Congress passed a nearly trillion-dollar omnibus Farm Bill Tuesday after almost three years of debate that one analyst called "fairly epic." This major piece of legislation, which is generally under-covered by the mainstream media, sets farm and food policy for the next five years.
John Kinsman, a leader of the global food sovereignty movement who was deeply committed to equality, justice, and peace, passed away on January 20, 2014. In honor of his inspirational life and work, the Center for Media and Democracy's Food Rights Network is republishing the following 2011 profile of this "food and farm hero."
Bill Moyers profiles Wendell Berry, one of America's most influential writers, on an edition of his show Moyers & Company, which will be available on local public television stations starting on October 4, 2013.
Prions -- the infectious, deformed proteins that cause chronic wasting disease in deer -- can be taken up by plants such as alfalfa, corn and tomatoes, according to new research from the National Wildlife Health Center in Madison.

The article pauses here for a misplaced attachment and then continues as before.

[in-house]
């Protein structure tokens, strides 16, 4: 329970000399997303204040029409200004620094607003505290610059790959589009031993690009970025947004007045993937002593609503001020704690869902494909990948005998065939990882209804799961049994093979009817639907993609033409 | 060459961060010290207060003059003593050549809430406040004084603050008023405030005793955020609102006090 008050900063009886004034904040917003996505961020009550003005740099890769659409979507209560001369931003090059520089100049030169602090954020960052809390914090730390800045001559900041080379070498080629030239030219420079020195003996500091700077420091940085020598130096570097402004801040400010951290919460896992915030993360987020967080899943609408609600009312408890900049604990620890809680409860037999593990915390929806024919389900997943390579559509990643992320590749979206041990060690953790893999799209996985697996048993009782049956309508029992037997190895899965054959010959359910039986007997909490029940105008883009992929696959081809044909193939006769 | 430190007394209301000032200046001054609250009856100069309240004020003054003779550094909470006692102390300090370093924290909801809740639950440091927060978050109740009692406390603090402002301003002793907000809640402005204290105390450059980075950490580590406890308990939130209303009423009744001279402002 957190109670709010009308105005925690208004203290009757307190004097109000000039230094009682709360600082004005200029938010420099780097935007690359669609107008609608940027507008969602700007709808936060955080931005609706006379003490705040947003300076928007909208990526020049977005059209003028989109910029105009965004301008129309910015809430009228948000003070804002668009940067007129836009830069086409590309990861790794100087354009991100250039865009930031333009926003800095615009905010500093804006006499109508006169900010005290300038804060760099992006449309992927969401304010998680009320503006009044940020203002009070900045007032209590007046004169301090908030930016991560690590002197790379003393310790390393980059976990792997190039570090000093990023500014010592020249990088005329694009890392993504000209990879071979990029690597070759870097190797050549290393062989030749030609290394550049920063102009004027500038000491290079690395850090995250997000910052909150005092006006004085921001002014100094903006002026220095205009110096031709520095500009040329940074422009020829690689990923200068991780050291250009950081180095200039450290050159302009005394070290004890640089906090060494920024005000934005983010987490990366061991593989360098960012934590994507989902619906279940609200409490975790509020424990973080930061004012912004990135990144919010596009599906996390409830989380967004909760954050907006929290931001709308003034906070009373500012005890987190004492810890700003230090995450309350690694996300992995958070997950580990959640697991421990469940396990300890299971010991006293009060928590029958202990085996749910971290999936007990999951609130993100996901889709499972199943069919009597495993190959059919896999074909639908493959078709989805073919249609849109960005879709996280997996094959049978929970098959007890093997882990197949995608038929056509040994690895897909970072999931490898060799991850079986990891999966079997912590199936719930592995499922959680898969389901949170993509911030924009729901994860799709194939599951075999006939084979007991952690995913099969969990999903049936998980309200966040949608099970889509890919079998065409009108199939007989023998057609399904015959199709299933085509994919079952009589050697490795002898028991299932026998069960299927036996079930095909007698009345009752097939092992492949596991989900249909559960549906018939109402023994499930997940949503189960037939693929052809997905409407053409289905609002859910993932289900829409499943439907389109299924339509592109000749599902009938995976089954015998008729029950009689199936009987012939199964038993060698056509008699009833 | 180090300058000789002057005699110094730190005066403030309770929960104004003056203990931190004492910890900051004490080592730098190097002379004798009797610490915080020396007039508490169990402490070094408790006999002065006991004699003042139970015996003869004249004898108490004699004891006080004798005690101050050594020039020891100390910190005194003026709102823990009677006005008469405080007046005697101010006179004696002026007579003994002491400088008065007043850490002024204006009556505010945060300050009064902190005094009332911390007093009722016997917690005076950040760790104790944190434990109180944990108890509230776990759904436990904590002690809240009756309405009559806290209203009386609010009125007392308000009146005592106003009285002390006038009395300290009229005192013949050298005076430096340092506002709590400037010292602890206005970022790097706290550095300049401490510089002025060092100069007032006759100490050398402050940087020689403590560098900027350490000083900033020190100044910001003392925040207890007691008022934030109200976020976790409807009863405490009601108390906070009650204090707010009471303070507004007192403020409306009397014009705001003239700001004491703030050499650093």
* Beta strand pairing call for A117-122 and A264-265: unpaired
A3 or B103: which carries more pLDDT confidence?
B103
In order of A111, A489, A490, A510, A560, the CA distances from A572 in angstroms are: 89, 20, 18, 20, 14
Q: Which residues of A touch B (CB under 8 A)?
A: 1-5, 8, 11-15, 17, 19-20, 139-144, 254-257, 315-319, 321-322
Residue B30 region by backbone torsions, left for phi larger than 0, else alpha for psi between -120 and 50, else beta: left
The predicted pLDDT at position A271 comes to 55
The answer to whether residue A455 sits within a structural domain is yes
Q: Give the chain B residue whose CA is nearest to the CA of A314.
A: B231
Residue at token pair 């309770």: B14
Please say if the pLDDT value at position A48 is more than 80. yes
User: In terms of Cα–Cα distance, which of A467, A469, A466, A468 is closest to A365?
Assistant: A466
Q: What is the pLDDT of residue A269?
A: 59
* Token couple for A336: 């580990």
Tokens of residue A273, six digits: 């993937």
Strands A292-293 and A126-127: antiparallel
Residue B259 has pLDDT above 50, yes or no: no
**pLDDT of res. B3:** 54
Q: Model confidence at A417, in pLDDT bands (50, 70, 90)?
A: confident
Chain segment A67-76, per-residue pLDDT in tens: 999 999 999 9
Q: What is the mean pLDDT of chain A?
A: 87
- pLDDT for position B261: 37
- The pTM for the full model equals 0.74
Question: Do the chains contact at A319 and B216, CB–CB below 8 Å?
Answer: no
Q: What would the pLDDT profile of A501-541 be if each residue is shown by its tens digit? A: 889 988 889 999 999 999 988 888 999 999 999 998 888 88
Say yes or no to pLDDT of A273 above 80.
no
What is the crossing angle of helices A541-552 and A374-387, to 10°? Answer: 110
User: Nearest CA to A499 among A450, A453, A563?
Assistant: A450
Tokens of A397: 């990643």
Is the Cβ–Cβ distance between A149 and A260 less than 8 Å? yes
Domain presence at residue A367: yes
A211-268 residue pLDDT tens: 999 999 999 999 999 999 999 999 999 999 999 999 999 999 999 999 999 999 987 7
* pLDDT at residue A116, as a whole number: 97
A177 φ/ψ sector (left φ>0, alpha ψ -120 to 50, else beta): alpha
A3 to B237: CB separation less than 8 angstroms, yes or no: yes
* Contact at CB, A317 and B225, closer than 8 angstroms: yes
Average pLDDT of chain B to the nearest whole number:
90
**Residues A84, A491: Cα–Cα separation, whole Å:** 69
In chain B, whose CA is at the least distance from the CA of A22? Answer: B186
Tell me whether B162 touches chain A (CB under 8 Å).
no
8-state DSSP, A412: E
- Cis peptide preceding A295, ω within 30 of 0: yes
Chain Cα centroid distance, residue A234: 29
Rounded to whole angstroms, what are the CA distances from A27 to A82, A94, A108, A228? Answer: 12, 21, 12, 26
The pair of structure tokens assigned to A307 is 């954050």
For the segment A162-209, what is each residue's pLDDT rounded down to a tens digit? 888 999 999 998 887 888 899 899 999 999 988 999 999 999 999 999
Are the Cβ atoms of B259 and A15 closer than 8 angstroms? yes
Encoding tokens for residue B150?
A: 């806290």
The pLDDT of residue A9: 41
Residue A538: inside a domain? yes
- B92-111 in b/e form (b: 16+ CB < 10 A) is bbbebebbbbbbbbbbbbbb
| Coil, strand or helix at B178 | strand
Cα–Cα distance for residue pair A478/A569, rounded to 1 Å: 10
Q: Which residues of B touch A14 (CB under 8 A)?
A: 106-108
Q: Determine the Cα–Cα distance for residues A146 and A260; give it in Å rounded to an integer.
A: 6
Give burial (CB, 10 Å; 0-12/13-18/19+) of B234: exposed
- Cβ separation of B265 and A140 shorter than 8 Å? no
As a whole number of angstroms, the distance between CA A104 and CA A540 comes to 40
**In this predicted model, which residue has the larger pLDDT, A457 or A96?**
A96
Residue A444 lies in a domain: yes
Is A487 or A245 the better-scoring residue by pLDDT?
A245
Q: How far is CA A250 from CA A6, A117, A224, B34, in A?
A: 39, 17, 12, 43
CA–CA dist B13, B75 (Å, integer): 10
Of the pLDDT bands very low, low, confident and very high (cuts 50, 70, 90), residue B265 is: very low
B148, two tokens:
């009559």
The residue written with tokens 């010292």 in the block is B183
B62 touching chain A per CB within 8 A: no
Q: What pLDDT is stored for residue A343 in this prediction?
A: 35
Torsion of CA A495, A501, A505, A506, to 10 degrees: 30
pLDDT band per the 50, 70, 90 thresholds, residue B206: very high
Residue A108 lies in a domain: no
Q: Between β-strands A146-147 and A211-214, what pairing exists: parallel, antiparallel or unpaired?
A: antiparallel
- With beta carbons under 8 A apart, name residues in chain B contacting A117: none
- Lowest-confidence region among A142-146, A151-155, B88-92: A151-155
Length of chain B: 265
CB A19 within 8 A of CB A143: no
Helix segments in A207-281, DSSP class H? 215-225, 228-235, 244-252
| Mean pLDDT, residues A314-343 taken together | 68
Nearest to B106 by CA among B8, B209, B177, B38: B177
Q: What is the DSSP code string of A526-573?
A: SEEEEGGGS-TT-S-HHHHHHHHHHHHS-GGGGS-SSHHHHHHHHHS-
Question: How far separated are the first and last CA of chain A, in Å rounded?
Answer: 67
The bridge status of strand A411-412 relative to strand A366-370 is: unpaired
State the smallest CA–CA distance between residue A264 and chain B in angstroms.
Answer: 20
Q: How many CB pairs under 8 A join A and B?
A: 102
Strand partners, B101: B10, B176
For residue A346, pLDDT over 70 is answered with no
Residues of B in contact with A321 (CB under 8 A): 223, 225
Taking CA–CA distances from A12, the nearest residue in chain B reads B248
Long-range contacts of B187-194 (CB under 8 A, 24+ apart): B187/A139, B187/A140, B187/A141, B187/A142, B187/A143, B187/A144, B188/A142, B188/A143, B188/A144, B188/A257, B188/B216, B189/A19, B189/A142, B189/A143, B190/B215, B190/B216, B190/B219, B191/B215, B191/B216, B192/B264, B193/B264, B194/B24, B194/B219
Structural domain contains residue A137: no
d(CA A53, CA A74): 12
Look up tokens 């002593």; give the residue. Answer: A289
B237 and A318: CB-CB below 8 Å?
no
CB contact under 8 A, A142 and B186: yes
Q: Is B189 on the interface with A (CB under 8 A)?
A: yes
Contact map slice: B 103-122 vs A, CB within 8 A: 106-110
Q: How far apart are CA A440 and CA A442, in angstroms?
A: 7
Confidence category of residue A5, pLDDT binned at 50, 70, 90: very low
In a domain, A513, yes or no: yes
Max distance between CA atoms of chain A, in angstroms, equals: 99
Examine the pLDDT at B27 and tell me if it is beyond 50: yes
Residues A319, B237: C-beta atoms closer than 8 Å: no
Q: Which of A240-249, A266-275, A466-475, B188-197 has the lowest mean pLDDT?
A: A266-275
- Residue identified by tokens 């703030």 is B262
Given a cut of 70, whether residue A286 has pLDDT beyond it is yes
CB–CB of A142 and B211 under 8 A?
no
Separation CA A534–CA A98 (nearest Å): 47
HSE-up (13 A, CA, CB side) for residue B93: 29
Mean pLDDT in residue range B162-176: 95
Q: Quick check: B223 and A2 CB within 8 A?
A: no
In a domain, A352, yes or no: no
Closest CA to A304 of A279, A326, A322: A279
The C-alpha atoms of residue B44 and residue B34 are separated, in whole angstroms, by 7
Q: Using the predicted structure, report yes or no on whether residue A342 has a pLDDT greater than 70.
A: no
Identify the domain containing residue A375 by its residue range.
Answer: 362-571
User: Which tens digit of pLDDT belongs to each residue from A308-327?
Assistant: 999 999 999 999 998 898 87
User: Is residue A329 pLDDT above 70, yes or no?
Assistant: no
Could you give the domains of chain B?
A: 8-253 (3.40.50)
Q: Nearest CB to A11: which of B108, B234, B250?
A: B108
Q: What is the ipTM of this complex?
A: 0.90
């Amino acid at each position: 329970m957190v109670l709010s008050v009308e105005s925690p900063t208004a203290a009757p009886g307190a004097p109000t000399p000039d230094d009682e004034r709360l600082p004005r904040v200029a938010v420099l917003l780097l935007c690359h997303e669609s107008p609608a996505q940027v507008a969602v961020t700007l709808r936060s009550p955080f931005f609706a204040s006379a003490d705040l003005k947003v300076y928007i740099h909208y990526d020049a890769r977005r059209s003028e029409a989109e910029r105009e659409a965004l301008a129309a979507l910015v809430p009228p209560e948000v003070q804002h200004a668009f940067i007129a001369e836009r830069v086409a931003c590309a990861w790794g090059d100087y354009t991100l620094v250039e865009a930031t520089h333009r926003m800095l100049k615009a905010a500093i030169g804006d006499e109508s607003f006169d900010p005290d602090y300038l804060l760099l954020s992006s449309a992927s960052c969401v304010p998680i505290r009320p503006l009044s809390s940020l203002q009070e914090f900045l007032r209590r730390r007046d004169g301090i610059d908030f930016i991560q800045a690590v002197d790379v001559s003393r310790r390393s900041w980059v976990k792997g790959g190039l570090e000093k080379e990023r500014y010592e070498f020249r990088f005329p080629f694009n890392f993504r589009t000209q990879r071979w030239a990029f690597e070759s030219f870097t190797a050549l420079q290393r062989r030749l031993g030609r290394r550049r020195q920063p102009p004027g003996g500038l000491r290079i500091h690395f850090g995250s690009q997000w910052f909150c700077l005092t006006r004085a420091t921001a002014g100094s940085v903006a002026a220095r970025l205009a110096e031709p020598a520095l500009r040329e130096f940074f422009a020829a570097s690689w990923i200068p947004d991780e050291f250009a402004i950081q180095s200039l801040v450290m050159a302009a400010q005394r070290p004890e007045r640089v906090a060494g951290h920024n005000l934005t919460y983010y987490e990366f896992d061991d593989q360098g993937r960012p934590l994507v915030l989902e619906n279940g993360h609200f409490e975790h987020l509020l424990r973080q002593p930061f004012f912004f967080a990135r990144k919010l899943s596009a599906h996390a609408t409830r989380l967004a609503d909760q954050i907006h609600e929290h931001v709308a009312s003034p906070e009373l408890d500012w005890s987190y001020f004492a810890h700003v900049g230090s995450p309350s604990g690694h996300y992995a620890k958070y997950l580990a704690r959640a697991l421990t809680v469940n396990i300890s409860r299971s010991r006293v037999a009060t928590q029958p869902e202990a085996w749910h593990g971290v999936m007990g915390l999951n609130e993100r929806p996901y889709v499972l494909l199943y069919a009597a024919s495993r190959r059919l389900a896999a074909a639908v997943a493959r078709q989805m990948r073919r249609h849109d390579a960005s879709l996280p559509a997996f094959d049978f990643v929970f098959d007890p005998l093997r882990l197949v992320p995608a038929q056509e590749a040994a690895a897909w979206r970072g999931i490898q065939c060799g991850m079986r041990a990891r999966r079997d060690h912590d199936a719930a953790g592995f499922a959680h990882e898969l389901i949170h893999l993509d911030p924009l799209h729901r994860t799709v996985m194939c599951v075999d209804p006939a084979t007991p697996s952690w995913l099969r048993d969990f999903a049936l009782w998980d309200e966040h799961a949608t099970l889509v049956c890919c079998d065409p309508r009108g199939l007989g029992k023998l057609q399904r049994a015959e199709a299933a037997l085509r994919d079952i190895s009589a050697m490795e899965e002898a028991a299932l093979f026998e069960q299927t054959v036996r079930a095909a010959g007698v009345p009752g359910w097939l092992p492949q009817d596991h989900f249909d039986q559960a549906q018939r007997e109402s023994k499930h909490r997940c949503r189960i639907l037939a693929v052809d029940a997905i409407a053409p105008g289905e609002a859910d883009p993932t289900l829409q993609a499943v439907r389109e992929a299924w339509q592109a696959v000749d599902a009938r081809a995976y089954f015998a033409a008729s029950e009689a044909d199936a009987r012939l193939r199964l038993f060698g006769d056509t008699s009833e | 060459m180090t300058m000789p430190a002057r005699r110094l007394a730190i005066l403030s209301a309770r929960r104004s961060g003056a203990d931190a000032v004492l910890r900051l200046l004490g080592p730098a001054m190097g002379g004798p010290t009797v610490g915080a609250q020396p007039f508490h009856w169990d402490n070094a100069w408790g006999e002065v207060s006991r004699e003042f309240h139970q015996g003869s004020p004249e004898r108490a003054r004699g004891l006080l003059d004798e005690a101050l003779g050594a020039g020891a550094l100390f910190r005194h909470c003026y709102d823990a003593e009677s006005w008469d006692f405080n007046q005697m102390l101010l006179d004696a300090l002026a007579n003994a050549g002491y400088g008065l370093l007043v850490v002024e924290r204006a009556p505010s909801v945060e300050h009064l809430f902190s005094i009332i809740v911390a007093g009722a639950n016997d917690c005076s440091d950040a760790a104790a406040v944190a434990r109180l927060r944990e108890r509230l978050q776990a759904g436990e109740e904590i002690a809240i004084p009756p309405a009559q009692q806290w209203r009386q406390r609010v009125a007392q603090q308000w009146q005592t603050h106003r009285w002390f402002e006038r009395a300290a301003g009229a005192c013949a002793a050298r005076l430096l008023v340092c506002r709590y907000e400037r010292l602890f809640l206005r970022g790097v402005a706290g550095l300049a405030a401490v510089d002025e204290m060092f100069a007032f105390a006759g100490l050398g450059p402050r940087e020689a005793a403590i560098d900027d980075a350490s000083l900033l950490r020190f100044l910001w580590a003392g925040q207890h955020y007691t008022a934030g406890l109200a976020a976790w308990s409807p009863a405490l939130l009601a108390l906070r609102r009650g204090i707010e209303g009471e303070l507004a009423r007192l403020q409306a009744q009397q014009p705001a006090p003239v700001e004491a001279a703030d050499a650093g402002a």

Across the United States, the majority of states allow legal sales of raw, or unpasteurized, milk in one form or another, whether retail, on the farm, or via "herd share" arrangements. A growing number of Wisconsin citizens would like to add this state to that list once and for all.
"The vitamin D in your milk ... is almost surely a derivative -- after many chemical stages -- from lanolin from Australian sheep wool, concocted in a factory in China. ... Vitamin A, is often synthesized from acetone, a principal ingredient in nail polish remover," notes George Kenney based on his interview with Melanie Warner, a former writer for the New York Times.
The rate of chronic wasting disease (CWD) is on the rise among deer in Iowa County, Wisconsin and elsewhere across the state. CWD is a fatal, transmissible spongiform encephalopathy (TSE) similar to what is commonly known as mad cow disease that is caused by twisted proteins, or prions. For hunters, writes outdoors reporter Patrick Durkin, this means the disease might be affecting the herd now. For anyone who eats venison, this means greater chances that the disease could conceivably make the species jump and infect humans